Preparing Turkish Poğaça
Preparing the dough
Now we prepare the dough. Making a yeast dough is not that difficult (though there are easier things to do).
Here we go…
3. Warm up the milk
Pour the 250ml milk into the pot, put it on the stove and heat it. The milk should have about 38°C – 40°C (about 100°F – 104°F), NOT MORE!! If you make it too hot, the yeast fungi will die.
4. Separate the eggs
While the milk gets warm, we can use the time to separate the eggs. We crack the eggs and pour the yolk from one eggshell into the other (and back) while the egg white drains off into one of our cups. After that we should have something like this:
5. Heating the milk is done
By now, the milk should be warm enough. Take it from the stove and check the temperature. If it’s too hot (you should be able to put your finger in it without burning yourself), let it cool down a little.
6. Unpack yeast
Now we unpack the yeast. Yeast is a kind of fungus and takes care for our dough to become light, soft and airy. To make the yeast do this, we need to feed it.
7. Dissolve yeast in milk
We crumble the yeast into the warm milk and add the sugar. Using the fork, we stir the milk a little, to help the yeast and sugar dissolve. The yeast will now start its work on the sugar and milk. Now we have to hurry up, because the yeast shouldn’t be left alone for too long. It must still be warm when we let the dough rest to expand.
8. Flour and salt
We pour the 500 g wheat flour into the large bowl and add the salt.
9. Egg white
Add the egg white…
…and the milk, which now has a nice caramel color, due to the yeast.
11. Olive oil
Now the 125 ml olive oil on top of that, and we’re done with all dough ingredients.
Now mix all those ingredients with each other. You can do that with your hands, I used a wooden spoon only for this photo (because I had to hold the camera).
13. More mixing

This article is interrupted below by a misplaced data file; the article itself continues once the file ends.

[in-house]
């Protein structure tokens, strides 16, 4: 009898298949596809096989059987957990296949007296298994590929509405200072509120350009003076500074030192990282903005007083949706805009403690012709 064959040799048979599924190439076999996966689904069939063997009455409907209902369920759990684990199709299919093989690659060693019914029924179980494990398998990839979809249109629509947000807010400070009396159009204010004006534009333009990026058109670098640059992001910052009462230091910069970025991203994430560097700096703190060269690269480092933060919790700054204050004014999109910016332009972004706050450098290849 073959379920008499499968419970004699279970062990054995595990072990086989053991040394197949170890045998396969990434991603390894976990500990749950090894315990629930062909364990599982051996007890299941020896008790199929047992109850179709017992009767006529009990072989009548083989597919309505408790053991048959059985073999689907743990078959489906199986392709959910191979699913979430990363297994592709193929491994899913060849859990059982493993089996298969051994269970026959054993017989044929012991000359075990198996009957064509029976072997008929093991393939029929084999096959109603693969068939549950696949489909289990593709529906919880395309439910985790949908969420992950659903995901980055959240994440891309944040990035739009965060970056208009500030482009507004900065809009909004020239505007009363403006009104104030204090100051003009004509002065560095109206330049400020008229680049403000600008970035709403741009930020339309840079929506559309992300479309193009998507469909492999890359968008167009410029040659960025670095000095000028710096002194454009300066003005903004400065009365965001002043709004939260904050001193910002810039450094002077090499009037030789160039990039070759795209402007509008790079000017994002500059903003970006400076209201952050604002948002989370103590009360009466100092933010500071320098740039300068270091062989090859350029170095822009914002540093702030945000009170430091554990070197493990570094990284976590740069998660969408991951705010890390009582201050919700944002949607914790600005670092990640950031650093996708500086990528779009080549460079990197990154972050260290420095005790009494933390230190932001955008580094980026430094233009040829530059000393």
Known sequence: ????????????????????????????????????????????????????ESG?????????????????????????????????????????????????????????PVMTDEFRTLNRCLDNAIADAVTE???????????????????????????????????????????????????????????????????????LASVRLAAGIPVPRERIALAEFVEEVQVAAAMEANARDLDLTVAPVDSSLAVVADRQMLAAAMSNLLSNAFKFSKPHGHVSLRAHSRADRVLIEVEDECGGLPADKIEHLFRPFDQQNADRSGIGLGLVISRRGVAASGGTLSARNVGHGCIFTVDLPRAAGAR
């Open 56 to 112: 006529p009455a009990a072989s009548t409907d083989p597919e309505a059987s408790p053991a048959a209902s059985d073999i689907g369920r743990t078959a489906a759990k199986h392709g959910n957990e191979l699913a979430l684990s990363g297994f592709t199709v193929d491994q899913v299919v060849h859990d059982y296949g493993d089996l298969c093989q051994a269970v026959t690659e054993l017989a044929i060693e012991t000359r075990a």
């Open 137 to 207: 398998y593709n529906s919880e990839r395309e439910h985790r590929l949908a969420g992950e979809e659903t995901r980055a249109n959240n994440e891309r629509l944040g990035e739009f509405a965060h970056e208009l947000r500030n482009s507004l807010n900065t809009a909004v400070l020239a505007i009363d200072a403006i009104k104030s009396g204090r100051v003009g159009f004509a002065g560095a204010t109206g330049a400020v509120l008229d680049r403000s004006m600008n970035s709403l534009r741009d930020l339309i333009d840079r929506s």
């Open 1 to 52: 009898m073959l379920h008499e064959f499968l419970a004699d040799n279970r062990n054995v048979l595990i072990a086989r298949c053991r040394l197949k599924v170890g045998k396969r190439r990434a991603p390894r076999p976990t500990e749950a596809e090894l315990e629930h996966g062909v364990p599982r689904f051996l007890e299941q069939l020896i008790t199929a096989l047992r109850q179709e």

After a short time, the ingredients start merging and make a clumpy mass. Don’t stop stirring!
A bit later the dough get too tancious for the spoon, so we have to continue with our hands, if we didn’t already do so. Knead it until it becomes smooth and elastic and until all ingredients are perfectly merged.
15. More kneading
This is the finished lump of dough. Ideally it is smooth and not (or only little) sticky. You can drag it to double length and throw it into the air (feel like a real pizza baker). If it’s still too sticky, add some more flour and keep kneading.
16. Done with the kneading
If we’re really fed up with kneading and the dough is looking good, put it back into the bowl.
17. Let the dough rest
Now we have to give the yeast some time to do its work. We cover the bowl with a towel, and fix the towel with pegs.
18. Keep it warm
The dough has to rest calm and warm now for 90 minutes. For this, I heated my oven on the lowest temperate and put the dough into it, leaving the door open. You can also put the dough onto your heating radiator. The important thing is: The dough must stay warm (not too hot!) and does not get any cold wind or air draft.
19. Let the dough wait
To ensure we don’t miss the 90 minutes, we may use an alarm clock.